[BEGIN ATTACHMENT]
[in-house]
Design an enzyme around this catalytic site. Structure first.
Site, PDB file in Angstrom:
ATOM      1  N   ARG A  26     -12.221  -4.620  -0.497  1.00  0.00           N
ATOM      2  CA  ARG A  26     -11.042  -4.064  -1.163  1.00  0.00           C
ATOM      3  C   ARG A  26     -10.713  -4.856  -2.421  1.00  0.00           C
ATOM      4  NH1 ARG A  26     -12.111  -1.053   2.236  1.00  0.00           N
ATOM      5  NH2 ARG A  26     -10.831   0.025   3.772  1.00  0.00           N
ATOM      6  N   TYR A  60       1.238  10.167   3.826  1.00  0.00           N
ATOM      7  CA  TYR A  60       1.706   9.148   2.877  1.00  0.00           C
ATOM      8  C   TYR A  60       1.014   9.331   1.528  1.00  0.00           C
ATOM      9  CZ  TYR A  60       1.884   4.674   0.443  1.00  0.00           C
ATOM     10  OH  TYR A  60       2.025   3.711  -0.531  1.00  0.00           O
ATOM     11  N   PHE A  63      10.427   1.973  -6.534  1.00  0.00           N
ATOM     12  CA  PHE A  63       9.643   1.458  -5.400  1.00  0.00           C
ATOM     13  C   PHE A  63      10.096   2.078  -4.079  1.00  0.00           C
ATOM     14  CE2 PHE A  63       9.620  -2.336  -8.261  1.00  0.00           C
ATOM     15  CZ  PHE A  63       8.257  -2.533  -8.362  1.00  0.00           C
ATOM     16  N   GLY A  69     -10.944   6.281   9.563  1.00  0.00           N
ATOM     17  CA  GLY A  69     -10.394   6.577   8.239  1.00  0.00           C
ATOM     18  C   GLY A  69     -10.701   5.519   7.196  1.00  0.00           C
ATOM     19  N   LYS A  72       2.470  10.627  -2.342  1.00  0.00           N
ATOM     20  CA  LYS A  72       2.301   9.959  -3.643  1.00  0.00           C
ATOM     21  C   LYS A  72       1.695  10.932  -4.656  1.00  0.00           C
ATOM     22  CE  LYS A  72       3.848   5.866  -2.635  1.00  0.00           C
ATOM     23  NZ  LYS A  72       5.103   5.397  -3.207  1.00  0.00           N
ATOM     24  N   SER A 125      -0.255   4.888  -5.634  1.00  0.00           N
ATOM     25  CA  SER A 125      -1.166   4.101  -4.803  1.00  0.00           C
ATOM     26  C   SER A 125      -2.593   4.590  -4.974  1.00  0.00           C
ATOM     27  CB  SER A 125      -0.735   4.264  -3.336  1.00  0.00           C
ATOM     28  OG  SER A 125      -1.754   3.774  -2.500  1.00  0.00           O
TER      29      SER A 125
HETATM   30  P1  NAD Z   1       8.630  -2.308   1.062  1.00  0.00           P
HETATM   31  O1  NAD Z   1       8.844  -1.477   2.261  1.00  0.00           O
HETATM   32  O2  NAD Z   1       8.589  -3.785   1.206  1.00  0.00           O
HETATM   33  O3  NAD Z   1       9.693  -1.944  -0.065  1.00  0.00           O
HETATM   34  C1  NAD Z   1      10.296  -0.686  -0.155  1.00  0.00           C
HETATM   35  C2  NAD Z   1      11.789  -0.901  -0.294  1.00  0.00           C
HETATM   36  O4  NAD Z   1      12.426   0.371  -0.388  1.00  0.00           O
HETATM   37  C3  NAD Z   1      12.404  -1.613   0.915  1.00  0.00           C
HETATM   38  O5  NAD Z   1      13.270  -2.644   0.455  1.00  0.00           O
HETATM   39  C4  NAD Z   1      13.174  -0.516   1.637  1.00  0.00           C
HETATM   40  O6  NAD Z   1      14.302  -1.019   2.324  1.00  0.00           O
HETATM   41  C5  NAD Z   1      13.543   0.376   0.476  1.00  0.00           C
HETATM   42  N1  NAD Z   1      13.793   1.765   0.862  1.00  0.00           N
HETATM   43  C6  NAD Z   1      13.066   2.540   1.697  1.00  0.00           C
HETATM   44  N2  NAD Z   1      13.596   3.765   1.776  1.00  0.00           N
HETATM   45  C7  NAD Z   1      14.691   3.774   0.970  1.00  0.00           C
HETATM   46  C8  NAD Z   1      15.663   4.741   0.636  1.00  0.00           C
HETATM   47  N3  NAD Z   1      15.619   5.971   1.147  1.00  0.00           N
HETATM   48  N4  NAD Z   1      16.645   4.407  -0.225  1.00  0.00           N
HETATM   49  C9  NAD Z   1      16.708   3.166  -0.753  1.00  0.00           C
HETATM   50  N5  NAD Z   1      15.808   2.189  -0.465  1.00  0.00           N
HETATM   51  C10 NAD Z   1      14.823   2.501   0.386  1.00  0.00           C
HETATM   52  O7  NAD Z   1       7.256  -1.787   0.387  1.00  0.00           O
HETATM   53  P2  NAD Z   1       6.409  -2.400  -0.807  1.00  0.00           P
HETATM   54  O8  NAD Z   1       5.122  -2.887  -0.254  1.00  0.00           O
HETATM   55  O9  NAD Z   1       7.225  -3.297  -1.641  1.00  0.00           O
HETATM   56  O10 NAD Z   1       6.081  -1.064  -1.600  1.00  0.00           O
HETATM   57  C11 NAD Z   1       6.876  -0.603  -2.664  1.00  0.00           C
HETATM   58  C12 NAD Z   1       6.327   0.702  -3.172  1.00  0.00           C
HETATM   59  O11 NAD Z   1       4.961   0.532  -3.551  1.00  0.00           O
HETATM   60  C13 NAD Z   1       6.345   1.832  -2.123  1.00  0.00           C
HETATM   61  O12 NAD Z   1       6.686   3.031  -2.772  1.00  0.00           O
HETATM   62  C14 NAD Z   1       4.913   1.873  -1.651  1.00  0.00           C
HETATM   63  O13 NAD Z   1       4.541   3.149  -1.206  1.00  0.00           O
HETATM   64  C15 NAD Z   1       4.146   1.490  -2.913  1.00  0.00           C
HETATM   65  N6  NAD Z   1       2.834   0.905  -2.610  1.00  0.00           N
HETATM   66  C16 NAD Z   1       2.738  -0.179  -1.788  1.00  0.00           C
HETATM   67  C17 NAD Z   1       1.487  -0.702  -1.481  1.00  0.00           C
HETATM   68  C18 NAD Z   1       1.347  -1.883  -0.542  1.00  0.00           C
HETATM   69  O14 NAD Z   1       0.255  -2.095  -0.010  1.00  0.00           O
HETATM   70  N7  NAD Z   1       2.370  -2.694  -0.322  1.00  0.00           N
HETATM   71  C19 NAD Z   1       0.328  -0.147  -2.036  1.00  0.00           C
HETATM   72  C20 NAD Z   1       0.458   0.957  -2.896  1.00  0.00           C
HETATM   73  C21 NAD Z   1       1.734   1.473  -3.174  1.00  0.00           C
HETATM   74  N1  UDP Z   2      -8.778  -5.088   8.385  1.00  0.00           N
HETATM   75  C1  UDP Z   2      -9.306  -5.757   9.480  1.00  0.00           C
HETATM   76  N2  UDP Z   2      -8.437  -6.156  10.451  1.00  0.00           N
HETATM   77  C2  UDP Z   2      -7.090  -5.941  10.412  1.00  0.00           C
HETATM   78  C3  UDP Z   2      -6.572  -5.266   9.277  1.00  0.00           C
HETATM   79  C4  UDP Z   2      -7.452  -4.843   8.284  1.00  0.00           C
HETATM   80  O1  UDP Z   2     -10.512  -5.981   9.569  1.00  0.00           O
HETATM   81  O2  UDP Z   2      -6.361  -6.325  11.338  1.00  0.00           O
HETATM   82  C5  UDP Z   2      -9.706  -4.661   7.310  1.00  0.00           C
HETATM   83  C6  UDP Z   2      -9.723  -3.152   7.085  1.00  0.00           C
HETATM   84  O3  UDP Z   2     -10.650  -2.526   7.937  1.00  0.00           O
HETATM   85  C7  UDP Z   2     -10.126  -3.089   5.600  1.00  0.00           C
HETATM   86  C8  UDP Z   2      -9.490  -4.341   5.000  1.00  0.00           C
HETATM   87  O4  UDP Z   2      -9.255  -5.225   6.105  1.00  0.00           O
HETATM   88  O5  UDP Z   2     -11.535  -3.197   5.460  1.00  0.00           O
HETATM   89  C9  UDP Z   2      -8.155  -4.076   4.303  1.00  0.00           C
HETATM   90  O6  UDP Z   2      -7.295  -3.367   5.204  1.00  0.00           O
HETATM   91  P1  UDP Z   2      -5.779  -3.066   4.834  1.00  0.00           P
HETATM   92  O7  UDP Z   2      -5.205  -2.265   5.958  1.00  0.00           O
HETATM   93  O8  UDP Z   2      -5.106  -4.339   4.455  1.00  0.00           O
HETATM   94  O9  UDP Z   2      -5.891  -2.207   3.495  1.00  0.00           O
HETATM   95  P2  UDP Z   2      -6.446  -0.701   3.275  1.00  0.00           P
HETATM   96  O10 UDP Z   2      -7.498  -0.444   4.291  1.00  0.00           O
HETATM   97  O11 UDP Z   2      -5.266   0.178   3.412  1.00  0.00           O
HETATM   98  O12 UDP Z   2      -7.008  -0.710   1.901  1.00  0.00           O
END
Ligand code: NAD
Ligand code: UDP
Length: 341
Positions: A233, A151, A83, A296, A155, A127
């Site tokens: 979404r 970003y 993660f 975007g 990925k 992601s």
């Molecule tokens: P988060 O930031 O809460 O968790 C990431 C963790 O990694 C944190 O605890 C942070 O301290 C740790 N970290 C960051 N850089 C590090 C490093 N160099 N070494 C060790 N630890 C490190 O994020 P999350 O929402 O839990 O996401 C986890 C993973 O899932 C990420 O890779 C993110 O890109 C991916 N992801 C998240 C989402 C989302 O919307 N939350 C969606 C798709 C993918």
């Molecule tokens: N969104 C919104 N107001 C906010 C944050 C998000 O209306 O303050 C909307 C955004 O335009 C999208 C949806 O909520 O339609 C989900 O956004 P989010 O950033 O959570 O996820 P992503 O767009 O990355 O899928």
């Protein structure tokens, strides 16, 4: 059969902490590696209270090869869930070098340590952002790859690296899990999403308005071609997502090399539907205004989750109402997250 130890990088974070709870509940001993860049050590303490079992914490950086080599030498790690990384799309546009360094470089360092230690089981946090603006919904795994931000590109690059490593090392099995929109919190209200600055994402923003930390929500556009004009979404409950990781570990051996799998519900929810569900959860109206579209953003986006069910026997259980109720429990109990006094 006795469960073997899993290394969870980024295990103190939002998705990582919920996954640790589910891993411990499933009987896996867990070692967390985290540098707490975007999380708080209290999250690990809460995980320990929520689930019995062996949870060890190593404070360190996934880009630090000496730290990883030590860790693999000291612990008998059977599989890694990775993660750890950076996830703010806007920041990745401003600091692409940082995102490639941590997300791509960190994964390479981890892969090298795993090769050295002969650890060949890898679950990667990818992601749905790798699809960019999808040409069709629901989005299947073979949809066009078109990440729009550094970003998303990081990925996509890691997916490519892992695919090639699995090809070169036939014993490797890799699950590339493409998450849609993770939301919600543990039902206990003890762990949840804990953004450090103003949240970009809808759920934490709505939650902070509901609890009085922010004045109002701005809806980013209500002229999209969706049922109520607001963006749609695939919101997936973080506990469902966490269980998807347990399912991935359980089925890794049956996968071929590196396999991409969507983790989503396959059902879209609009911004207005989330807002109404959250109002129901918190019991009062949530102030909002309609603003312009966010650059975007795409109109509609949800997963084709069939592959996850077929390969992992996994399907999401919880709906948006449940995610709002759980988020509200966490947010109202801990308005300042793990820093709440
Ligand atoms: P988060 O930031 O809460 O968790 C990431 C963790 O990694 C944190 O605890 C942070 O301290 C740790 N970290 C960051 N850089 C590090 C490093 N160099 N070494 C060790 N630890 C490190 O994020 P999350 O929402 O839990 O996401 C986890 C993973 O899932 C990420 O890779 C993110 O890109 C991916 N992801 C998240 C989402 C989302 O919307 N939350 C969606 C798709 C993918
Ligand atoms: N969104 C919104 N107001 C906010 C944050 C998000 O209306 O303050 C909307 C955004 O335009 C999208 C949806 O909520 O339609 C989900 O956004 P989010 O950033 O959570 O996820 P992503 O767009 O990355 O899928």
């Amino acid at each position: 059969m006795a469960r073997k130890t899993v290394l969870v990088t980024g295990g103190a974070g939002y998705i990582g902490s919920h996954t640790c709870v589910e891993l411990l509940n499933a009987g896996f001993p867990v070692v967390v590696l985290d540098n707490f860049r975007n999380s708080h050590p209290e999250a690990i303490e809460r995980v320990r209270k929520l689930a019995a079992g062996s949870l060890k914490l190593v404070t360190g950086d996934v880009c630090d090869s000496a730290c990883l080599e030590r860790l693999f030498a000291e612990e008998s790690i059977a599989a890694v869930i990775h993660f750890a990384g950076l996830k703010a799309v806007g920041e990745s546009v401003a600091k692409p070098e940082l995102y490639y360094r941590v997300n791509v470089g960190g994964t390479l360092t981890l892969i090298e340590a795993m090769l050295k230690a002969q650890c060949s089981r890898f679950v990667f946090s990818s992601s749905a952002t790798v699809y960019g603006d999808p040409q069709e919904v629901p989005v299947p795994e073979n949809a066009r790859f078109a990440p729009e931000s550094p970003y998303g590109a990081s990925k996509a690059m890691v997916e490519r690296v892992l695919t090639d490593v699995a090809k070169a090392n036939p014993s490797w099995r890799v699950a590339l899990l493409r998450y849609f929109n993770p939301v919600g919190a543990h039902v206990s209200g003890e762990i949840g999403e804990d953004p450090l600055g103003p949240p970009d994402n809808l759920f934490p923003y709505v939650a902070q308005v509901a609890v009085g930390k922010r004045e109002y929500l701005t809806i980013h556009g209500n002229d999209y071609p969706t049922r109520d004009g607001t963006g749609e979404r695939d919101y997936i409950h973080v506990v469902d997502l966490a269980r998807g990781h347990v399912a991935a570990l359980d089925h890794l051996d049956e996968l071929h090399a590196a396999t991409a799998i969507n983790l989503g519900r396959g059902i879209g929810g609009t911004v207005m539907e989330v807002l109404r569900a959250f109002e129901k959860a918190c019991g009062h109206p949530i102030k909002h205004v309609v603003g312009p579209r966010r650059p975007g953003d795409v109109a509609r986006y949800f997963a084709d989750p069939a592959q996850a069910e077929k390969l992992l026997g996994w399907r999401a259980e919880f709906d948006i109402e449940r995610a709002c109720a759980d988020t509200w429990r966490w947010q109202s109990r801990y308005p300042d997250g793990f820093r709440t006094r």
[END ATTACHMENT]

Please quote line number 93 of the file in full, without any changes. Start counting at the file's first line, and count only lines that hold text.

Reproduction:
HETATM   90  O6  UDP Z   2      -7.295  -3.367   5.204  1.00  0.00           O